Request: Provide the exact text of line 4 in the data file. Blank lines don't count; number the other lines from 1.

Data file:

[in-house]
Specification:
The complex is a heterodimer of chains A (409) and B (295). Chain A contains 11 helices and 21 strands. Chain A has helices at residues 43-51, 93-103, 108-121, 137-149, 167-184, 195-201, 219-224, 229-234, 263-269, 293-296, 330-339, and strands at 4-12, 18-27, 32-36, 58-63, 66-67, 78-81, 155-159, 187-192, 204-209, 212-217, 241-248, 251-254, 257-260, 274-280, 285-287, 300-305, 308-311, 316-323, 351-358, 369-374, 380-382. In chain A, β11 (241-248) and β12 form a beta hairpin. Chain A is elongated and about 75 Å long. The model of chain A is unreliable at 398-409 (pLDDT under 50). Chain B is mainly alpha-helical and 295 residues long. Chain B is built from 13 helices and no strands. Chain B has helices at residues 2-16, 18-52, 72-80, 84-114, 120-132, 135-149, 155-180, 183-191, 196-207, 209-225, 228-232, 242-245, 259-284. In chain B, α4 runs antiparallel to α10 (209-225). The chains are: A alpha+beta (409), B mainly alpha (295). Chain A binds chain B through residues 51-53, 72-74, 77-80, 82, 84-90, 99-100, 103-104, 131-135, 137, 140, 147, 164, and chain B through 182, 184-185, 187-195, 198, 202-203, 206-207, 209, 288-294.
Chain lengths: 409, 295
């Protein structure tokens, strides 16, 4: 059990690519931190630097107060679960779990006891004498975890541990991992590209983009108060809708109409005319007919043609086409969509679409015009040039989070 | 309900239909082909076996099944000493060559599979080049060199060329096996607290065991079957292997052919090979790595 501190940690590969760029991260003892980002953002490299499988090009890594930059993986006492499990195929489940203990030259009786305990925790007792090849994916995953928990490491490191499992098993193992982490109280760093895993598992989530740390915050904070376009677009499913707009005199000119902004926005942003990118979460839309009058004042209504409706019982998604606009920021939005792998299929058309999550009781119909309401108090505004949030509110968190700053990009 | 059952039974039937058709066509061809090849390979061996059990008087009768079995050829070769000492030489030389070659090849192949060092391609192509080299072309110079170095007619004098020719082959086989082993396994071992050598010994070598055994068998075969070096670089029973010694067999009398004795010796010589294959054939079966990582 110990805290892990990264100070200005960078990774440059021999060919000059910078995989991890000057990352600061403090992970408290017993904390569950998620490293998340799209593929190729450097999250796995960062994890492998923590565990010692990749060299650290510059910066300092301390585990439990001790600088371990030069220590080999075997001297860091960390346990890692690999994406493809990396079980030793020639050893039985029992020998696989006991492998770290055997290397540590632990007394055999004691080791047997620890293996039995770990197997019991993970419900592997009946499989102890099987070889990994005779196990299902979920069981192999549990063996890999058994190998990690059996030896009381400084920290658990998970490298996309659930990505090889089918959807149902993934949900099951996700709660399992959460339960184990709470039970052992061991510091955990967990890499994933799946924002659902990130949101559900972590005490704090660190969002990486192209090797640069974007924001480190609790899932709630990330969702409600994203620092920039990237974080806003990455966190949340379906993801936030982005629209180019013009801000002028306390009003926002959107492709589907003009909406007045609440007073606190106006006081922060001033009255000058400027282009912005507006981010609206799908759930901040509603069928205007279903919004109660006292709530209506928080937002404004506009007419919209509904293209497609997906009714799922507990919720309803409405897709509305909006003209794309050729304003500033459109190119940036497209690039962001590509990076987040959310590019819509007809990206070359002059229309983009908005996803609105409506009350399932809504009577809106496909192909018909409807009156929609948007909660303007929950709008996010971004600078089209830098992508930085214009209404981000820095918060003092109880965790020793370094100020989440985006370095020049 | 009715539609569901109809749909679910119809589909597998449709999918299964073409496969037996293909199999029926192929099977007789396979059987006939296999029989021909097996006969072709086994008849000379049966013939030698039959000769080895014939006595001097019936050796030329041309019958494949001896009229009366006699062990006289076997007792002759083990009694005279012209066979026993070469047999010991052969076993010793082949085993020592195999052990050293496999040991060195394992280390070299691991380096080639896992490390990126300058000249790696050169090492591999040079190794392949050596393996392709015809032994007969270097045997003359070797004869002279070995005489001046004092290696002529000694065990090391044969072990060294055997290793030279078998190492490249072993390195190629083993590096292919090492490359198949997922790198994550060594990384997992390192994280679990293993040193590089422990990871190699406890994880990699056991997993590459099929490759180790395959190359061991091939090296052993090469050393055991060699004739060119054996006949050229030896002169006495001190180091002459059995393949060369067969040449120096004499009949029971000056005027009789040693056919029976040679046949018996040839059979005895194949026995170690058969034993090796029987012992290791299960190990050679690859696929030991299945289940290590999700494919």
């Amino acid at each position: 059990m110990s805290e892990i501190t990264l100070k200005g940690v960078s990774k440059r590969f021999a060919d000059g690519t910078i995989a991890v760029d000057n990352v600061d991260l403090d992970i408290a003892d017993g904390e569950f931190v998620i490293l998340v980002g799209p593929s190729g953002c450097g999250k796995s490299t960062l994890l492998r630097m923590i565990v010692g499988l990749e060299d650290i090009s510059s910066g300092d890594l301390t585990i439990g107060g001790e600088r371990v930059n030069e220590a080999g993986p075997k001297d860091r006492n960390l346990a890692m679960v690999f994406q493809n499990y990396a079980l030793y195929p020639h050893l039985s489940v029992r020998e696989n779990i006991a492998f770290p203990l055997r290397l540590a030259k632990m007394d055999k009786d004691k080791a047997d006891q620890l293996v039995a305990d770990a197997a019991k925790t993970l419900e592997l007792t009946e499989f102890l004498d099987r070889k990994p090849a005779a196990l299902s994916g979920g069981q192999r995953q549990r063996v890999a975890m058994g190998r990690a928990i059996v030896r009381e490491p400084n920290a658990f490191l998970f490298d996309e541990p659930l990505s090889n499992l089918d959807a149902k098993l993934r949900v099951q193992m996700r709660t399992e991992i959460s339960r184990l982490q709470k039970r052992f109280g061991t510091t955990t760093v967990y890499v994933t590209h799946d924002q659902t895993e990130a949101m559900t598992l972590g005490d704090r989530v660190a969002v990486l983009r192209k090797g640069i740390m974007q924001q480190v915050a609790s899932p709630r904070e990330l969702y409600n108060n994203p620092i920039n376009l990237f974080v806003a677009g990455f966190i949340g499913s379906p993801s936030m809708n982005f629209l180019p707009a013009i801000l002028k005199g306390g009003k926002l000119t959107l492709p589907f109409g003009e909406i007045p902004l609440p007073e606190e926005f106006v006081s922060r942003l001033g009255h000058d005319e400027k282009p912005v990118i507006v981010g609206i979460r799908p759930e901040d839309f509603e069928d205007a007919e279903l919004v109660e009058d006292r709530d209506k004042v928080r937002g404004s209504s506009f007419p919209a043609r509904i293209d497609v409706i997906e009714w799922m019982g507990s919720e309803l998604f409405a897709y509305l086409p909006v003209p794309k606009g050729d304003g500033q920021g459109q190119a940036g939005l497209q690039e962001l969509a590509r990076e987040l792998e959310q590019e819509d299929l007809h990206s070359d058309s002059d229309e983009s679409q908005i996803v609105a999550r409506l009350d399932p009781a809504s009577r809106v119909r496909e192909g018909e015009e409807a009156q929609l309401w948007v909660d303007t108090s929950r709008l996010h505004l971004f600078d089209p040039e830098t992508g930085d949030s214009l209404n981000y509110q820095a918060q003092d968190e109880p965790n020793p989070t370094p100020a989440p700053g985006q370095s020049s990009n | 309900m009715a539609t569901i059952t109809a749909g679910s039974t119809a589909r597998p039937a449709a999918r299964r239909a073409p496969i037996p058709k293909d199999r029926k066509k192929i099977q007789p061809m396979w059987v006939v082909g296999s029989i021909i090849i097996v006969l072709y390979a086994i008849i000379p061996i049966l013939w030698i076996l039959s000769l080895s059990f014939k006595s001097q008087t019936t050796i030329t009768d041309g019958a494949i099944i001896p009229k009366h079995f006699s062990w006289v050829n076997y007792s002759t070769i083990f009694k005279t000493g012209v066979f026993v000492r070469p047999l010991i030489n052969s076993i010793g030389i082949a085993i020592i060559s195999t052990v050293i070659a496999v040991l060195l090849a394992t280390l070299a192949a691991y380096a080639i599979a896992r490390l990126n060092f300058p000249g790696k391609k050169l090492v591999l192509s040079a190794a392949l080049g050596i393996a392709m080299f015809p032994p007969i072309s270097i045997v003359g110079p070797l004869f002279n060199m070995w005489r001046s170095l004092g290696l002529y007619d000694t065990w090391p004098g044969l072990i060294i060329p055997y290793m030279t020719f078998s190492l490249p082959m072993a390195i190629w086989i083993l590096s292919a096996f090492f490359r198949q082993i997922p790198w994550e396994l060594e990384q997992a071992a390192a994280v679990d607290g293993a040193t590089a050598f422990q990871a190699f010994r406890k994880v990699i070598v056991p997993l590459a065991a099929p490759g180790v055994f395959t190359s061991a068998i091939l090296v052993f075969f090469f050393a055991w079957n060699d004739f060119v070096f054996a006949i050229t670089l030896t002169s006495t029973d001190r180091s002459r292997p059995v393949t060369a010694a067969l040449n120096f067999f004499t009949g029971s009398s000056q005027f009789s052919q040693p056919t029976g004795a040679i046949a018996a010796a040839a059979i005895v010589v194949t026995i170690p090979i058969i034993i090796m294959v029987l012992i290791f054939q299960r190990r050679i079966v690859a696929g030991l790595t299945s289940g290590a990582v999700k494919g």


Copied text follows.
Chain lengths: 409, 295